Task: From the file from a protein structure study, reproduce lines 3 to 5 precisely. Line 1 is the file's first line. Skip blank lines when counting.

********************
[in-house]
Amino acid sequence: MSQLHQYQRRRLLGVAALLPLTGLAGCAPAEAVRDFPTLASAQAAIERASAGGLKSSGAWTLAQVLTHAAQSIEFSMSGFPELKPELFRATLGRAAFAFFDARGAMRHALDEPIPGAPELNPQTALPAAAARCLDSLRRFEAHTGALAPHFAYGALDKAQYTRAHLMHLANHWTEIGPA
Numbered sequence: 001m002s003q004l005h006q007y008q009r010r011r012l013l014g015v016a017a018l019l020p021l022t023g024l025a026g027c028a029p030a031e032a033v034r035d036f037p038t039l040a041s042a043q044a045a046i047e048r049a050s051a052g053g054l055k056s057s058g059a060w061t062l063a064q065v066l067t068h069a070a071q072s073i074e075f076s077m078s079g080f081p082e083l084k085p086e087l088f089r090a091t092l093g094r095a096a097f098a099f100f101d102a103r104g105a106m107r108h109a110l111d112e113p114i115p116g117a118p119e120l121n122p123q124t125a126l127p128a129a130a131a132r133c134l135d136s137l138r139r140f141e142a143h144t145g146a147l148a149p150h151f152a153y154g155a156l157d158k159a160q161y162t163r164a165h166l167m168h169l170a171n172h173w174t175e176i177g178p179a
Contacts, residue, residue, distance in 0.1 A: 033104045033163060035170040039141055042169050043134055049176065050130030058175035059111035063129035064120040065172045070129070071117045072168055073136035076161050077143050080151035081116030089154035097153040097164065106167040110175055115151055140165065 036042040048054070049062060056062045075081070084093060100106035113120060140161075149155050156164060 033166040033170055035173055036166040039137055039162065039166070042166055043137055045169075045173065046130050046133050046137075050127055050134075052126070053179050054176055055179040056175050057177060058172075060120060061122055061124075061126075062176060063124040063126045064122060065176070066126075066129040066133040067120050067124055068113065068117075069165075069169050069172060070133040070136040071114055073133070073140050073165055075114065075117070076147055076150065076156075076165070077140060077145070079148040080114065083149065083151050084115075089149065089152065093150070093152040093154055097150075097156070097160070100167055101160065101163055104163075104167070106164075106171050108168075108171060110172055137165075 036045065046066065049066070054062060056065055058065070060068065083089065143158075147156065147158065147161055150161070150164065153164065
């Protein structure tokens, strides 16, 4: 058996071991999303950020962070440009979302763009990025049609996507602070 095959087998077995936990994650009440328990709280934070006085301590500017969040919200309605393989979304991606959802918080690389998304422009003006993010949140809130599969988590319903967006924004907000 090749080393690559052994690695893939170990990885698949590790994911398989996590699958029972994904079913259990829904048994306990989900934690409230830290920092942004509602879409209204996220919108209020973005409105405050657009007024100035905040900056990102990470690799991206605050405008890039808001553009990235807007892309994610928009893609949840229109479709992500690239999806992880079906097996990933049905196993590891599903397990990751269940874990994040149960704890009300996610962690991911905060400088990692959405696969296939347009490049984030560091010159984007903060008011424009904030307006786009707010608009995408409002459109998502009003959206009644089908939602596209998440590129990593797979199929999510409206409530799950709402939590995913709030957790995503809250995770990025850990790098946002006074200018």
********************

Numbered sequence: 001m002s003q004l005h006q007y008q009r010r011r012l013l014g015v016a017a018l019l020p021l022t023g024l025a026g027c028a029p030a031e032a033v034r035d036f037p038t039l040a041s042a043q044a045a046i047e048r049a050s051a052g053g054l055k056s057s058g059a060w061t062l063a064q065v066l067t068h069a070a071q072s073i074e075f076s077m078s079g080f081p082e083l084k085p086e087l088f089r090a091t092l093g094r095a096a097f098a099f100f101d102a103r104g105a106m107r108h109a110l111d112e113p114i115p116g117a118p119e120l121n122p123q124t125a126l127p128a129a130a131a132r133c134l135d136s137l138r139r140f141e142a143h144t145g146a147l148a149p150h151f152a153y154g155a156l157d158k159a160q161y162t163r164a165h166l167m168h169l170a171n172h173w174t175e176i177g178p179a
Contacts, residue, residue, distance in 0.1 A: 033104045033163060035170040039141055042169050043134055049176065050130030058175035059111035063129035064120040065172045070129070071117045072168055073136035076161050077143050080151035081116030089154035097153040097164065106167040110175055115151055140165065 036042040048054070049062060056062045075081070084093060100106035113120060140161075149155050156164060 033166040033170055035173055036166040039137055039162065039166070042166055043137055045169075045173065046130050046133050046137075050127055050134075052126070053179050054176055055179040056175050057177060058172075060120060061122055061124075061126075062176060063124040063126045064122060065176070066126075066129040066133040067120050067124055068113065068117075069165075069169050069172060070133040070136040071114055073133070073140050073165055075114065075117070076147055076150065076156075076165070077140060077145070079148040080114065083149065083151050084115075089149065089152065093150070093152040093154055097150075097156070097160070100167055101160065101163055104163075104167070106164075106171050108168075108171060110172055137165075 036045065046066065049066070054062060056065055058065070060068065083089065143158075147156065147158065147161055150161070150164065153164065
């Protein structure tokens, strides 16, 4: 058996071991999303950020962070440009979302763009990025049609996507602070 095959087998077995936990994650009440328990709280934070006085301590500017969040919200309605393989979304991606959802918080690389998304422009003006993010949140809130599969988590319903967006924004907000 090749080393690559052994690695893939170990990885698949590790994911398989996590699958029972994904079913259990829904048994306990989900934690409230830290920092942004509602879409209204996220919108209020973005409105405050657009007024100035905040900056990102990470690799991206605050405008890039808001553009990235807007892309994610928009893609949840229109479709992500690239999806992880079906097996990933049905196993590891599903397990990751269940874990994040149960704890009300996610962690991911905060400088990692959405696969296939347009490049984030560091010159984007903060008011424009904030307006786009707010608009995408409002459109998502009003959206009644089908939602596209998440590129990593797979199929999510409206409530799950709402939590995913709030957790995503809250995770990025850990790098946002006074200018």